Nursing is among the many careers that are in demand, and will continue to be for some time to come, so it’s no surprise that many people are opting for nursing degrees.
Registered nurses (or RNs) treat patients, record patients’ medical histories and symptoms, educate patients and the public regarding medical conditions, provide emotional support to patients’ families, help to perform diagnostic tests, administer treatments and medications, and help with patient follow-up.
The specific responsibilities of a nurse will vary from job to job. The duties and the title of an RN (registered nurse) are normally determined by the patient population or the work setting. An RN may specialize in one specific area or in more than one area of patient care. For nurses, there are a number of ways to specialize. An RN may work on a particular type of treatment or in a particular setting; like a perioperative nurse who assists surgeons in operating rooms. A nurse may specialize in a specific health condition such as diabetes management. Nurses can also specialize in working with a single or multiple body system type or organs, like a dermatology nurse. And there are nurses who specialize with well-defined populations, like pediatric nurses, who work with children. Opportunities to specialize are largely determined while on the job and are quite extensive.
There are three basic paths to becoming a registered nurse:
- Bachelor’s Degree in Nursing (BSN)
- Associate’s Degree in Nursing (ADN)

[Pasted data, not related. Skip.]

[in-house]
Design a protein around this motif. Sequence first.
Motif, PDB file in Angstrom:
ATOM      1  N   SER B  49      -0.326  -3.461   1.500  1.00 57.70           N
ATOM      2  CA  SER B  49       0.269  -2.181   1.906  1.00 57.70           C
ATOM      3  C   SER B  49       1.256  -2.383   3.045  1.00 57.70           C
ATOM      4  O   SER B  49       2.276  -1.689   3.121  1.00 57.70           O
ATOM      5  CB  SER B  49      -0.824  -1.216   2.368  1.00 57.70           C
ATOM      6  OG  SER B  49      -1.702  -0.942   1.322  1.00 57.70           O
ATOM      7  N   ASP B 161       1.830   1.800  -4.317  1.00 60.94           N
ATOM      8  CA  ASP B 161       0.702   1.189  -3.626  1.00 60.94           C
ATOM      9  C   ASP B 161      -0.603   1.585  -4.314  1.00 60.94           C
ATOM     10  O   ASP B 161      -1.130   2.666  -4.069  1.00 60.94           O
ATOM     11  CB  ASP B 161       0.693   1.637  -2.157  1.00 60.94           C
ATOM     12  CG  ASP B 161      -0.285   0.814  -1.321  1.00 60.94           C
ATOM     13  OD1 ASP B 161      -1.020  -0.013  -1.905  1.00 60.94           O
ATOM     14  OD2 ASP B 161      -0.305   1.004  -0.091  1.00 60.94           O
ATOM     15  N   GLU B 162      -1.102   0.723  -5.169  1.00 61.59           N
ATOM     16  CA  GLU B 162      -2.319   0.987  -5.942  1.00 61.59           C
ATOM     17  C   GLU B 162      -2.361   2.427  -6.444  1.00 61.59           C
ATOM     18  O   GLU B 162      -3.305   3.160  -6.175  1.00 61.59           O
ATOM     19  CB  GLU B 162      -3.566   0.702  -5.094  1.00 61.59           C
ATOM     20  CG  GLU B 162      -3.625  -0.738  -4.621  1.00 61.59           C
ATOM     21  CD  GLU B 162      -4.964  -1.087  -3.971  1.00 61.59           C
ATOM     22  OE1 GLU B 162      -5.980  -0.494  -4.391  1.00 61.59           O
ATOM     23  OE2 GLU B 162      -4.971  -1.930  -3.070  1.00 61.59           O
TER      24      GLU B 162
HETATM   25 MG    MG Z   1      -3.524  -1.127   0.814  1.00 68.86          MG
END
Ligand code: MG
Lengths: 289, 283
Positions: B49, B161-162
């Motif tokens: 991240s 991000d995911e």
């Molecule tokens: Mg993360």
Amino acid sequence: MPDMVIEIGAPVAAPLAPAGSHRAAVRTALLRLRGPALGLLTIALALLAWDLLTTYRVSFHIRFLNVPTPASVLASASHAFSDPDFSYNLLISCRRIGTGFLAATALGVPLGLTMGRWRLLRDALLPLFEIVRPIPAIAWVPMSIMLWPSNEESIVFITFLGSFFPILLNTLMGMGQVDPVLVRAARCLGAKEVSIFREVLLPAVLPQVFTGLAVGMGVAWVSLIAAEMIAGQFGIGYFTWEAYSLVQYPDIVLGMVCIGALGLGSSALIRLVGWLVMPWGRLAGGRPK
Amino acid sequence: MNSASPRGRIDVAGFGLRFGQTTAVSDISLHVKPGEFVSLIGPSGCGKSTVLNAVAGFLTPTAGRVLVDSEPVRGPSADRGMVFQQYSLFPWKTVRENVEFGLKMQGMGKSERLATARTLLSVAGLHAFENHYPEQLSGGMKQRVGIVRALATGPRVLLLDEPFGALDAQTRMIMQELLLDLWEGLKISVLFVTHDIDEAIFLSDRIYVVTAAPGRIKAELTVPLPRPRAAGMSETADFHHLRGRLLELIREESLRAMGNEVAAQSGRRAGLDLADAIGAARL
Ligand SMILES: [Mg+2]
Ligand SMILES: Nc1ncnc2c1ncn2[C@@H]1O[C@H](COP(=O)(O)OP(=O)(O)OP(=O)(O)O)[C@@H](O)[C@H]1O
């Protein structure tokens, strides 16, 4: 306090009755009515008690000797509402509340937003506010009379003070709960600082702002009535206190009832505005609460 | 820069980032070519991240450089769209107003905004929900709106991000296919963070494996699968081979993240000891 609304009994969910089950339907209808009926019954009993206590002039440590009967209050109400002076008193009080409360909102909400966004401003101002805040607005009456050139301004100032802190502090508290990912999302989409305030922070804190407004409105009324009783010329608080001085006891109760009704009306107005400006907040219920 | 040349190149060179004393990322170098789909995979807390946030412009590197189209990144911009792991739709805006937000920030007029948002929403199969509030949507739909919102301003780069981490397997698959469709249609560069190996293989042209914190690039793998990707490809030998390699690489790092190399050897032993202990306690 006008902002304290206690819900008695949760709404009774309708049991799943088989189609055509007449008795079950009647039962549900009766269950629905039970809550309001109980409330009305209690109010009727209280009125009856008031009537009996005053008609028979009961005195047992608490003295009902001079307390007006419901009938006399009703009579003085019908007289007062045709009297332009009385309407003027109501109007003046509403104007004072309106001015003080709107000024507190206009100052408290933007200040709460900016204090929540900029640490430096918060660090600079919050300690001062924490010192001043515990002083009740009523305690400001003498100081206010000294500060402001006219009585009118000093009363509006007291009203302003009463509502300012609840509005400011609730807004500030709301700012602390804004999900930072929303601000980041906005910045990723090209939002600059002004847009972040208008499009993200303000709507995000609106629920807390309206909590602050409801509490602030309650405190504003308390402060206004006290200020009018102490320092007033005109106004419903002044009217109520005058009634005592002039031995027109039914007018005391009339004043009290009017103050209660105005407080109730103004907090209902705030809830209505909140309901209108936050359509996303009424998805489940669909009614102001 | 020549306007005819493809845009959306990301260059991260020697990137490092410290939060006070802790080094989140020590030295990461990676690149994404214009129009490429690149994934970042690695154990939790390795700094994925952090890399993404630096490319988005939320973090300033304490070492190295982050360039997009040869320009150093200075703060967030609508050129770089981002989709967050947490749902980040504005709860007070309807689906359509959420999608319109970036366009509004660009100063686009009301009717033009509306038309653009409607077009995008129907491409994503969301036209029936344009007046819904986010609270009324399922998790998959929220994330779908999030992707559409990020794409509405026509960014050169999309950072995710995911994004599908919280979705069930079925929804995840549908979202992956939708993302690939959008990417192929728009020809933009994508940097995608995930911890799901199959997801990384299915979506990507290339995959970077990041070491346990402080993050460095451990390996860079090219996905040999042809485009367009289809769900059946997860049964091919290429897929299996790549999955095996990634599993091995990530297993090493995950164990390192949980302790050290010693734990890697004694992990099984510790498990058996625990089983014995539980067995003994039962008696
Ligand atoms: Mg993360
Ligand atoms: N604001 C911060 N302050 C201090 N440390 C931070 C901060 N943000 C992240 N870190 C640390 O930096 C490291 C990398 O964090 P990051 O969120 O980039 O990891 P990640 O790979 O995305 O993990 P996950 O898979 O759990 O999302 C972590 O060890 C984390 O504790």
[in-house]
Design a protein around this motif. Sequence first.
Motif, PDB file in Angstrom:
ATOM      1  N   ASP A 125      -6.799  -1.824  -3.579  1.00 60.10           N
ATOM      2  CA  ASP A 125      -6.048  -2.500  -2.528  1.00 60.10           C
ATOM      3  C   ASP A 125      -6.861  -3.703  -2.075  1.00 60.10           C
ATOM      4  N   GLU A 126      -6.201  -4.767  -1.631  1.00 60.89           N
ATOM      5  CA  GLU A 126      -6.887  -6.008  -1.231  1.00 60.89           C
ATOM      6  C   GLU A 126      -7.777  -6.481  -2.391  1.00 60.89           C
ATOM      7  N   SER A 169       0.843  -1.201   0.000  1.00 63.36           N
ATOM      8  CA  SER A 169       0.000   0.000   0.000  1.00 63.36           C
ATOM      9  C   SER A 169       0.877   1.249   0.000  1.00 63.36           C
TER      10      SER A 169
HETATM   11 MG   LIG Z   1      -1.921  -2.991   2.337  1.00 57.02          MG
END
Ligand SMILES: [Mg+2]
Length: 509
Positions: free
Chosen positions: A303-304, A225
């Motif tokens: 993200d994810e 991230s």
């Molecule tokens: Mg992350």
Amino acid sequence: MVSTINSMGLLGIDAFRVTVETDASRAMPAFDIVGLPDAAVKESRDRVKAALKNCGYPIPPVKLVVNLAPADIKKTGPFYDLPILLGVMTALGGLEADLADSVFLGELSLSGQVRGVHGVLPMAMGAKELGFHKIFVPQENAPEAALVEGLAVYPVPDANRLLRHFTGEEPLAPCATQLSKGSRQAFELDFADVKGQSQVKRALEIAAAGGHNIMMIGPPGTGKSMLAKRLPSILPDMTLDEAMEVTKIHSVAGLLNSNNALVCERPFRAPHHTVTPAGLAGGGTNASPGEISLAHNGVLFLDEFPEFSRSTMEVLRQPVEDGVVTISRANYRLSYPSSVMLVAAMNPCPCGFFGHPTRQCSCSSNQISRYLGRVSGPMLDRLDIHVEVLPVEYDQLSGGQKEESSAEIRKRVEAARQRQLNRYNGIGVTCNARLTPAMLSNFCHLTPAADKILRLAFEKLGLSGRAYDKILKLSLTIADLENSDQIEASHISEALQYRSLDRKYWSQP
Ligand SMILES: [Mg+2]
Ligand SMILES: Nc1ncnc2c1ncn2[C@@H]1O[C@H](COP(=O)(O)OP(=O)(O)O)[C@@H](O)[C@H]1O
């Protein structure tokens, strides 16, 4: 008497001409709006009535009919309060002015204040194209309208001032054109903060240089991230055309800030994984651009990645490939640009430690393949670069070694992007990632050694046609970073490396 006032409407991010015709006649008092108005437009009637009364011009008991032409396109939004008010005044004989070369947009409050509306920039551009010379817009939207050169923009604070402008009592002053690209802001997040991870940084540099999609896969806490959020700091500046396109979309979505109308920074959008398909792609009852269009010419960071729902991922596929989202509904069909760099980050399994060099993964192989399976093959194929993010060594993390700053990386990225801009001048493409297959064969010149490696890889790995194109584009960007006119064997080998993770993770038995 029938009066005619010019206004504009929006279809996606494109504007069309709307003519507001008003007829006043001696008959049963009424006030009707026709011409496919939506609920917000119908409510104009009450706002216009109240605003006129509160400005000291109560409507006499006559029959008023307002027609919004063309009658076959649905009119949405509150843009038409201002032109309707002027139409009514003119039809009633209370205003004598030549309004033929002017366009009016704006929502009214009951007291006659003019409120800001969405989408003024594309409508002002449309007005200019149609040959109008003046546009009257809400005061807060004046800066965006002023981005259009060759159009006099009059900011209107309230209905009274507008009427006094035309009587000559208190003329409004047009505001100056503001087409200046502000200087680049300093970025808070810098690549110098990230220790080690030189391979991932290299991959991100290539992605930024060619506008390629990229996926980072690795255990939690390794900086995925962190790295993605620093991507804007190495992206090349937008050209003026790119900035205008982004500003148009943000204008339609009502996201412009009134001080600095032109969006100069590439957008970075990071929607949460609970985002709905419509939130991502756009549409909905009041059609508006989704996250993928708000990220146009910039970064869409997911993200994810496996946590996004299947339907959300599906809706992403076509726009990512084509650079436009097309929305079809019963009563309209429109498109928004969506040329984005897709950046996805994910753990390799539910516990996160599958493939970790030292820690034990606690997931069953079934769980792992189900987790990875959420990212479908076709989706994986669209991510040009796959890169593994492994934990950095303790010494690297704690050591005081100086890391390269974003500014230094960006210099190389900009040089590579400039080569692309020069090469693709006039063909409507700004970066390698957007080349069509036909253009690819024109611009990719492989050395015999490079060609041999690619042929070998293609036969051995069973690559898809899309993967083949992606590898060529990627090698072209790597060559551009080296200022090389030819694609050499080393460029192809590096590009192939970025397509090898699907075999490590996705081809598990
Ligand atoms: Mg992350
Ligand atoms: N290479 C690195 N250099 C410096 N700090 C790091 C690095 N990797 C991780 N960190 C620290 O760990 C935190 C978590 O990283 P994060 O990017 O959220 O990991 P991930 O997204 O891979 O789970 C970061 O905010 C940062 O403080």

- Diploma in Nursing
Bachelor of Science in Nursing degrees are offered by universities and colleges. They take 4 years to complete. ADNs are normally offered by community or junior colleges and can take 2 to 3 years to complete while diploma courses are normally administered within hospitals and take 3 years to complete. There are online courses available. Licensed graduates of any of the three nursing degrees are qualified for employment in entry-level positions of staff nurse.
People considering a career in nursing need to take time to think about the pros and cons of taking each type of nursing program. This is because opportunities for advancement may not be as numerous for ADNs and diploma holders as they are for those nurses who have a BSN degree or higher.
There are also nursing degrees which are aimed at people who are interested in switching over to a nursing career. For people who already have a BS degree in another field, they may enroll in an accelerated BSN program. Accelerated BSN courses take about a year to 18 months to complete. A Master’s Degree in Nursing is also available for people who have completed their BSN (accelerated or otherwise) and takes about two years to complete.
Students need to have successfully completed an approved nursing program and pass a licensure exam in all States, US territories, and the District of Columbia. Licensure is given after the successful completion of the National Council Licensure Examination or NCLEX-RN. There are other eligibility requirements for licensure depending on the State.
Employment opportunities for nurses are expected to keep growing as the demand for healthcare providers increases in line with the aging population.
We’ve compiled a list of the best nursing schools in Texas right here.